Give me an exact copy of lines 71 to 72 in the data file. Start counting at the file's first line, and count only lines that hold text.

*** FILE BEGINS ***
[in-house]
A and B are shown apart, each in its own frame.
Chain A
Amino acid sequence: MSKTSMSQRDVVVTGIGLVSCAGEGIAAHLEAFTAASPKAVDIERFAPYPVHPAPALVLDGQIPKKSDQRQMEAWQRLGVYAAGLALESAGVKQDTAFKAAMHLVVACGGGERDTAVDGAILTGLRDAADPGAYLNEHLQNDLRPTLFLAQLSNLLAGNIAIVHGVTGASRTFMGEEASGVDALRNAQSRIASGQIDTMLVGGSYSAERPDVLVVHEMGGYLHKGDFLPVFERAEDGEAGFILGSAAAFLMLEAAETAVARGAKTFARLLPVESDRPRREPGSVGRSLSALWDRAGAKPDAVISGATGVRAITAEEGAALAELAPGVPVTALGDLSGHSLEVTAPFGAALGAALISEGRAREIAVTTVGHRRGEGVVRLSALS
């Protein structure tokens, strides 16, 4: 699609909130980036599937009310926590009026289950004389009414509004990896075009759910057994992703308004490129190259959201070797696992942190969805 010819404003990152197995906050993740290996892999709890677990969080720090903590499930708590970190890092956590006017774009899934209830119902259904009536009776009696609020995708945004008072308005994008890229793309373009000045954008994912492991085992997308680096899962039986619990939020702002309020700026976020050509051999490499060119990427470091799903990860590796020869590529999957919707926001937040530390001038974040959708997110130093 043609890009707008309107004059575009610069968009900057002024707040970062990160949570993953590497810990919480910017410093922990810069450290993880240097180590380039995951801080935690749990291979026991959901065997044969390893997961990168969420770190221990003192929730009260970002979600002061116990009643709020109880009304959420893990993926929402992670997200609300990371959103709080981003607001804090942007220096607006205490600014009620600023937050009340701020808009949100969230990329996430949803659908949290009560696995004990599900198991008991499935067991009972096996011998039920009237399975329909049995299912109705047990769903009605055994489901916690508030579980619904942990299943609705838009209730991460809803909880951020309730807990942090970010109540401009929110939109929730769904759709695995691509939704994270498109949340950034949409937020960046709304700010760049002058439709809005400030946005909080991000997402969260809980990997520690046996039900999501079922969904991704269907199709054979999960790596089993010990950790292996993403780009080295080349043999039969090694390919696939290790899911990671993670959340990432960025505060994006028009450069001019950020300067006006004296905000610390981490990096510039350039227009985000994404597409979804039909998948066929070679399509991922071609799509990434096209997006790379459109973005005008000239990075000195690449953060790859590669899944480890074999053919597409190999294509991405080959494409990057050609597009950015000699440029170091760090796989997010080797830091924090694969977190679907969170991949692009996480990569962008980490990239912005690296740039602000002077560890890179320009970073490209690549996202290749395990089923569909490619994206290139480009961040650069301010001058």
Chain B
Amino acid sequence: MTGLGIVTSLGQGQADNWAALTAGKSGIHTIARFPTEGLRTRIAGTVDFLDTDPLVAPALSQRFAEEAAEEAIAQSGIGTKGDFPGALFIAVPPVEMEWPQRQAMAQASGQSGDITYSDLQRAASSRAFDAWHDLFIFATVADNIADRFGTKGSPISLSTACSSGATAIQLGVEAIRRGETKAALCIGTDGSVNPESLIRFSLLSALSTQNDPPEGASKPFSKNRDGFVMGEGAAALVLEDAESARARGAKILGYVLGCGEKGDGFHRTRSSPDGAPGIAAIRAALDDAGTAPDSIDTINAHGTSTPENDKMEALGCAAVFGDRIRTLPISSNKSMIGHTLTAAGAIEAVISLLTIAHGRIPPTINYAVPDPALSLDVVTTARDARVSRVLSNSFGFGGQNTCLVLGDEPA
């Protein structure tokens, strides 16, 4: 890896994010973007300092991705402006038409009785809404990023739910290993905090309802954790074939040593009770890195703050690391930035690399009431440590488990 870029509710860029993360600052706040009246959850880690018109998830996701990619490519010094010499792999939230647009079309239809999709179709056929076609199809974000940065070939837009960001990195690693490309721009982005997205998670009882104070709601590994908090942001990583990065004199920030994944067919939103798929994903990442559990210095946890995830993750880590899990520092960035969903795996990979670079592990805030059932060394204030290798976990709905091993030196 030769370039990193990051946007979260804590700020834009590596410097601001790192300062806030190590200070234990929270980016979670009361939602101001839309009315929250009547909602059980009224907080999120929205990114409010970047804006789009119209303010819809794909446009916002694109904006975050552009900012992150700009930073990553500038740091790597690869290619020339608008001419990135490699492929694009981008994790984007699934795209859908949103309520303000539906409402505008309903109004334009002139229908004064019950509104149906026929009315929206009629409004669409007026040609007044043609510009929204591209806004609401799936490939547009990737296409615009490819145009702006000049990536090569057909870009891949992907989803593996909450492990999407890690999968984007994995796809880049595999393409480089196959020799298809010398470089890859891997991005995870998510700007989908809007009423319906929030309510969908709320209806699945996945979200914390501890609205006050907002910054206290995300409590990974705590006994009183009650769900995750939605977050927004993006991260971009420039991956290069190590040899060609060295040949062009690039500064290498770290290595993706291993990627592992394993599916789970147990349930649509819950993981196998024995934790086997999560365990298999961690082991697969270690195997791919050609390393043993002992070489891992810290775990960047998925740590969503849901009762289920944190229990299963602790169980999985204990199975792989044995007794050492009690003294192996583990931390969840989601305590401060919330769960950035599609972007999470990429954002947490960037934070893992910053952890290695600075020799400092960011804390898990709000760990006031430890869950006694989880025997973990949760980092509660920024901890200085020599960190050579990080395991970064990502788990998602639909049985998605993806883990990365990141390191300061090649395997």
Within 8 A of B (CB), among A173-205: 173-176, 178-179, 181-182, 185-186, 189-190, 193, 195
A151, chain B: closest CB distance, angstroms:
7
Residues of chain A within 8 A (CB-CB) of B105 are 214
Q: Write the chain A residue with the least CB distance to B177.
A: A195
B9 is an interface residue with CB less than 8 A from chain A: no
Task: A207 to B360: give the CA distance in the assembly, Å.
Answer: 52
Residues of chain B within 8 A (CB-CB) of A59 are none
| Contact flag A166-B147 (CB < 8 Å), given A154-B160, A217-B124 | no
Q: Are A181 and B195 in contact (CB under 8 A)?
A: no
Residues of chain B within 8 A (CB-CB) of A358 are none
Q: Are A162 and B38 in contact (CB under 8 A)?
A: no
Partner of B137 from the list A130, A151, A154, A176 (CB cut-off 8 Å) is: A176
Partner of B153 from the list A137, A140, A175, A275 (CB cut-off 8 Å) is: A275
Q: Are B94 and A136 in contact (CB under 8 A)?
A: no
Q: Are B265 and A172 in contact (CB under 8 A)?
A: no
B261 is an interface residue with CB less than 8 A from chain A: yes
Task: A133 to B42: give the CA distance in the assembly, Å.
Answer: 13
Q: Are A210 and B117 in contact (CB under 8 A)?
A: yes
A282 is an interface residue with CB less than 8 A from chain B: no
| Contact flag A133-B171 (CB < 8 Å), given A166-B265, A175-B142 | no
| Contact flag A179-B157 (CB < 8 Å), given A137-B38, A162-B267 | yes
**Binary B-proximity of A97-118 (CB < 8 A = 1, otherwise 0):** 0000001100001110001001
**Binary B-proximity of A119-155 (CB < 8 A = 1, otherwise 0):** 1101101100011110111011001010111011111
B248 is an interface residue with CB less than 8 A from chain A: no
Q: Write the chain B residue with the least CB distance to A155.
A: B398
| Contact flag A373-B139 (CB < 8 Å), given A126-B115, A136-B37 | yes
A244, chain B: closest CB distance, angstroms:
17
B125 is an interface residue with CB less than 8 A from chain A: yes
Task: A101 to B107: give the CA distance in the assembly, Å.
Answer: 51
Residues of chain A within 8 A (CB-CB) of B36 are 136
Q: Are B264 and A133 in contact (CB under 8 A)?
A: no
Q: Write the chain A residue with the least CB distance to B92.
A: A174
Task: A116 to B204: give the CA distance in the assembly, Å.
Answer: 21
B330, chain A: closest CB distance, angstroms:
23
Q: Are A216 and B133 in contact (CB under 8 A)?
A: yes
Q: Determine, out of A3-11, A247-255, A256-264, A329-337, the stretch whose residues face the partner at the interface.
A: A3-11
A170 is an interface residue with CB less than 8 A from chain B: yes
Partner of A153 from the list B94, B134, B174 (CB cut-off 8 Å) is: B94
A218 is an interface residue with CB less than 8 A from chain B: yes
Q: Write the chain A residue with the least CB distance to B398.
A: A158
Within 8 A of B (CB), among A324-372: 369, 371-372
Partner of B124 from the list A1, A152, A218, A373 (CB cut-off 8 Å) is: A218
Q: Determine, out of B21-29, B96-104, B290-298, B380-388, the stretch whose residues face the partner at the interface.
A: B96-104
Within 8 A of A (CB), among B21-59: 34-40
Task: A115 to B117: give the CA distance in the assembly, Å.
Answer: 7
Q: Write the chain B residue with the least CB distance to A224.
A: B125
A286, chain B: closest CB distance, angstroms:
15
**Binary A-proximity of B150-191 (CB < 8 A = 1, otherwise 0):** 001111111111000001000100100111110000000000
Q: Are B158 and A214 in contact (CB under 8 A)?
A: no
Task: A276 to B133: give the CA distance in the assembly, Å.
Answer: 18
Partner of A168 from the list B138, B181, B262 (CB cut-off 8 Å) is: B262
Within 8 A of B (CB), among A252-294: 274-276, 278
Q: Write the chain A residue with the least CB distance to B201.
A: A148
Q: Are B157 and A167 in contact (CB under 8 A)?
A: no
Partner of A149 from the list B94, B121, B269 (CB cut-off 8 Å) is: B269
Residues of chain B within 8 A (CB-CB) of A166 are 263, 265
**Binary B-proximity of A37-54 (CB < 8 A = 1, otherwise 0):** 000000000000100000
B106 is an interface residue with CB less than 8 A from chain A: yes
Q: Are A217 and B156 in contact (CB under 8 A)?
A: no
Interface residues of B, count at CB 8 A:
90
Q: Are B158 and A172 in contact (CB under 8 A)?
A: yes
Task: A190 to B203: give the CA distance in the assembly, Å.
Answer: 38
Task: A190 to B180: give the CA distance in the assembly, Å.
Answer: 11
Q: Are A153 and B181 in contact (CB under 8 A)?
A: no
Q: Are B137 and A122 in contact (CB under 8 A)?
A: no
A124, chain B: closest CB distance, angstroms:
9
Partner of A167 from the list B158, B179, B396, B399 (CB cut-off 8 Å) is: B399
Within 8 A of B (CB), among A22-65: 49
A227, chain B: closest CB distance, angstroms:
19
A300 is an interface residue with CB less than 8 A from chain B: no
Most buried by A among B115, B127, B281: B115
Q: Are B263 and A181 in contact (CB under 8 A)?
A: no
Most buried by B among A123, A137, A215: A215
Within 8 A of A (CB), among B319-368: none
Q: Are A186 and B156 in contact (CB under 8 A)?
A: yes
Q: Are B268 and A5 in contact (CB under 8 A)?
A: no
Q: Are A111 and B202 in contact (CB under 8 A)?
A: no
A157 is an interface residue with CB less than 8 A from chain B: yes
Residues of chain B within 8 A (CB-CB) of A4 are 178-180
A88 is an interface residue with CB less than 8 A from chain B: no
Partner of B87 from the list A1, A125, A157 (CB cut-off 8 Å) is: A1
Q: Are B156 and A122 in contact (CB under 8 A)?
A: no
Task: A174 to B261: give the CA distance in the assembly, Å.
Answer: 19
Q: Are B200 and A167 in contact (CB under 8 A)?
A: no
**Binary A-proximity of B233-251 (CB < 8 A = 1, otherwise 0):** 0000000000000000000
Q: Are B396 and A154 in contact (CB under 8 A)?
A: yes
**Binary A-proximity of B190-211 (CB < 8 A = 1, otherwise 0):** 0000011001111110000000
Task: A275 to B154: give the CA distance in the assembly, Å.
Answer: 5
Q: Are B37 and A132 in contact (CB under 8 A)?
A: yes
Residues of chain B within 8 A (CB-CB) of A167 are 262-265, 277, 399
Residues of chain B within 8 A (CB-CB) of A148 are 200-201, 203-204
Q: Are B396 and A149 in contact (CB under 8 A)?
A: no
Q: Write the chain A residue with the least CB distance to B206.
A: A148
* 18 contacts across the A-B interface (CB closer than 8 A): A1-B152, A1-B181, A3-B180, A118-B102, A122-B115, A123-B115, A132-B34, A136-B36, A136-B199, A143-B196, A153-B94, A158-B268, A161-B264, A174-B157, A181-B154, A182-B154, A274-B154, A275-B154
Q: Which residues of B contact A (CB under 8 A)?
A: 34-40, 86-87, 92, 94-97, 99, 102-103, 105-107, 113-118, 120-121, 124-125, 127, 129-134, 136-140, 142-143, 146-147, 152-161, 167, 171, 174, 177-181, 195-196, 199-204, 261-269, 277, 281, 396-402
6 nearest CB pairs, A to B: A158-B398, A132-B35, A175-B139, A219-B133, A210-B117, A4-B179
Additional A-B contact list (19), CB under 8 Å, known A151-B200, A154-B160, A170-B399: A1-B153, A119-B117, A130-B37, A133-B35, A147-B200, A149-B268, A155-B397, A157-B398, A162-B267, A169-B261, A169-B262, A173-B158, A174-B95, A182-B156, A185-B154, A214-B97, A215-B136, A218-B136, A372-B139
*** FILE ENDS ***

A: B96-104
Within 8 A of A (CB), among B21-59: 34-40